Ever copy down a recipe and then when you go back to make it find that you've left something important out in the process of copying? Well, making Josh's birthday pie was one of those times. Chocolate Silk Pie has been a Thanksgiving tradition in our house ever since we got married. So when Josh asked for it for his birthday I was a little surprised (he doesn't categorize his foods by holidays and seasons like I do). I found the recipe in a holiday magazine several year ago, but decided last thanksgiving to copy it out onto a recipe card to make it easier to find. However, when I got to the end of the recipe and realized I had only used half of the heavy cream I was a little worried. I quickly assessed that it must be for making whipped cream, but I was a little worried up until that first bite was taken. In the end though it turned out just right!
Chocolate Silk Pie
** For the crust I used the super-flaky crust recipe. Line pie crust with foil and weight with pie weights or dried beans. Bake at 450 for 8 minutes then, remove foil and bake for 5-6 minutes more until crust is a flaky, golden brown. Allow to cool.
2 pints heavy cream -only one of which will go in the pie :)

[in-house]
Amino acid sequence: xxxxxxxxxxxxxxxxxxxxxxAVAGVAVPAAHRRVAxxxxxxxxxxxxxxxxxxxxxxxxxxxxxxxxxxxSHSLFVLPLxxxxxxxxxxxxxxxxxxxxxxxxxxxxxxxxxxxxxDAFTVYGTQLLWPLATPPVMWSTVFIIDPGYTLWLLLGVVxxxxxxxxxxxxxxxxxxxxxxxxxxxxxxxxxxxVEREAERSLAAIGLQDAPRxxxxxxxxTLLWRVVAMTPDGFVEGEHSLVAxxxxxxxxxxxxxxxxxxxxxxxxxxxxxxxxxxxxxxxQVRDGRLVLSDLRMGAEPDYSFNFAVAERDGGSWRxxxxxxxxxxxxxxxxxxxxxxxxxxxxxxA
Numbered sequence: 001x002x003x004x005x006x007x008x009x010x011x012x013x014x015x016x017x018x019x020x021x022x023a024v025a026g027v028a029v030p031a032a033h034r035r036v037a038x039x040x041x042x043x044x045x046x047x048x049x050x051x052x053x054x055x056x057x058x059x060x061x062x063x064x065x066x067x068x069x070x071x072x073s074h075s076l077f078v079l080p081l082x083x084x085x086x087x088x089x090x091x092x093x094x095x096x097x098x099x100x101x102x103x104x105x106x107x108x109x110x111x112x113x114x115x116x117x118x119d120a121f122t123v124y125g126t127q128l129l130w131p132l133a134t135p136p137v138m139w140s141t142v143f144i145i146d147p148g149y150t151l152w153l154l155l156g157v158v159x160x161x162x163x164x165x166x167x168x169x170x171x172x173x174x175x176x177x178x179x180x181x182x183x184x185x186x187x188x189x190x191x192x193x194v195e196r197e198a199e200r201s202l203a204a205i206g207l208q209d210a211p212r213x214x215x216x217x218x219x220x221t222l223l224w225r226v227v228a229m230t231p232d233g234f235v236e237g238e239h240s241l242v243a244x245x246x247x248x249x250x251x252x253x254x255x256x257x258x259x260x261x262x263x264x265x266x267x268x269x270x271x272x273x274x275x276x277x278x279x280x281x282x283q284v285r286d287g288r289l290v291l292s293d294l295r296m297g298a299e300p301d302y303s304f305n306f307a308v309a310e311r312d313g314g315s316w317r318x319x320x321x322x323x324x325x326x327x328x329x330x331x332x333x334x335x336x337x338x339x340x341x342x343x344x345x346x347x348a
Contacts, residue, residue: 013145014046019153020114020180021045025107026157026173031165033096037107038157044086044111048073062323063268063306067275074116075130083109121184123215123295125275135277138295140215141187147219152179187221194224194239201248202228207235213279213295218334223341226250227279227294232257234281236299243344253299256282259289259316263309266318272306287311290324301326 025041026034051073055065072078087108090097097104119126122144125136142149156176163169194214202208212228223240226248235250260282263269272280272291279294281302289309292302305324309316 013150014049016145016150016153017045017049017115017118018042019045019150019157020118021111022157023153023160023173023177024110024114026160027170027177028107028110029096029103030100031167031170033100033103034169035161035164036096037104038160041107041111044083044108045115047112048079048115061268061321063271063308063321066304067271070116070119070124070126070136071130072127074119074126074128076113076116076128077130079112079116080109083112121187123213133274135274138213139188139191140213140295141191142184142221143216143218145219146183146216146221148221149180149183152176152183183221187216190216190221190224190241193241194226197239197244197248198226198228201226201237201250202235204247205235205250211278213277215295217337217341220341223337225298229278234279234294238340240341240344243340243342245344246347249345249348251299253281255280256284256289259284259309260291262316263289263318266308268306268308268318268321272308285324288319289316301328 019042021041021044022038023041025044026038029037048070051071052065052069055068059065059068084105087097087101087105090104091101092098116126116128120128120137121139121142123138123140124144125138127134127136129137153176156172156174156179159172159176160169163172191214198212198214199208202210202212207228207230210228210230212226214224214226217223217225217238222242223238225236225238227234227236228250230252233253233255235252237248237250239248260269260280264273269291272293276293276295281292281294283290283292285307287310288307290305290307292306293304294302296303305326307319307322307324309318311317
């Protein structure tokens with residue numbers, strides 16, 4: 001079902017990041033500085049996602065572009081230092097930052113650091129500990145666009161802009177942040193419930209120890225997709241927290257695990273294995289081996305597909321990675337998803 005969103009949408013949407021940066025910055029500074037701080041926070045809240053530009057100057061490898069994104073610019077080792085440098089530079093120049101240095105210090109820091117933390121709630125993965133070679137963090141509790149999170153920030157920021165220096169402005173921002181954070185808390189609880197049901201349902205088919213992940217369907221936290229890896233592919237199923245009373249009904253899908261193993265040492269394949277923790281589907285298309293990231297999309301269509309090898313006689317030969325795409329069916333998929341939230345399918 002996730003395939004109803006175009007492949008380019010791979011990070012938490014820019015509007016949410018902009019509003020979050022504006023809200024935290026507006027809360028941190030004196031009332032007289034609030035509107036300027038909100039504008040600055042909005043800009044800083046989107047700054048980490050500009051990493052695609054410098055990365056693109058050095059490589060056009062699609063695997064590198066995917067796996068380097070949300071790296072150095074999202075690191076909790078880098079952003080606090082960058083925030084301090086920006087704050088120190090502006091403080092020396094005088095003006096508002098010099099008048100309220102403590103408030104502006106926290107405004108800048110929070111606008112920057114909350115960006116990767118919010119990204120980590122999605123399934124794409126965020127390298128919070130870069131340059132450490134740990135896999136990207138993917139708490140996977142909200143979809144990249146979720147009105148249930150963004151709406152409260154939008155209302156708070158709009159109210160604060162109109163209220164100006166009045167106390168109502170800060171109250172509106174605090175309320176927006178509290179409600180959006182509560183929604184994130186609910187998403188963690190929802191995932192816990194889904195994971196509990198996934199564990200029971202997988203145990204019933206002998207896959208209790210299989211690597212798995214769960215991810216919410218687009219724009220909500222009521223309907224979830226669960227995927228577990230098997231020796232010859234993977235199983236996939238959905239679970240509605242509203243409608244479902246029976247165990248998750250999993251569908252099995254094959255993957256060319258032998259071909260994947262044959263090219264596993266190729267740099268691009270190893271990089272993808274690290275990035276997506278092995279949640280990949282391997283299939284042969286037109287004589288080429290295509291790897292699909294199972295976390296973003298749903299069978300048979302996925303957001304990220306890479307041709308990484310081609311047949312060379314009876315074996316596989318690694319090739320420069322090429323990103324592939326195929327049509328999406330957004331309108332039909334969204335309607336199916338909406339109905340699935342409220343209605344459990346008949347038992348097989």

6 oz. semi-sweet chocolate roughly chopped
6 tablespoons sugar
1 1/2 tablespoons cornstarch
6 large egg yolks
2 tablespoons unsalted butter
1/2 teaspoon vanilla
1 tablespoon cocoa powder
2. In a bowl combine corn starch and remaining 3 tablespoons of sugar. Add egg yolks and whisk. Add 2 tablespoons of warm chocolate mixture to egg mixture.
3. Whisking constantly, slowly add egg mixture to pan. Cook still whisking until thickened (about 2 minutes).
4. Remove from heat; add vanilla and butter. Whisk until butter melts
5. Pour filling into crust. Place a piece of plastic wrap directly on the surface. Refrigerate for at least 3 hours. Dust the top with cocoa powder before serving.
6. The remainder of the whipping cream can be used to make whipped cream. Combine with 2 tablespoons of sugar and a teaspoon of vanilla. Using an electric mixer, beat on high until soft peaks form.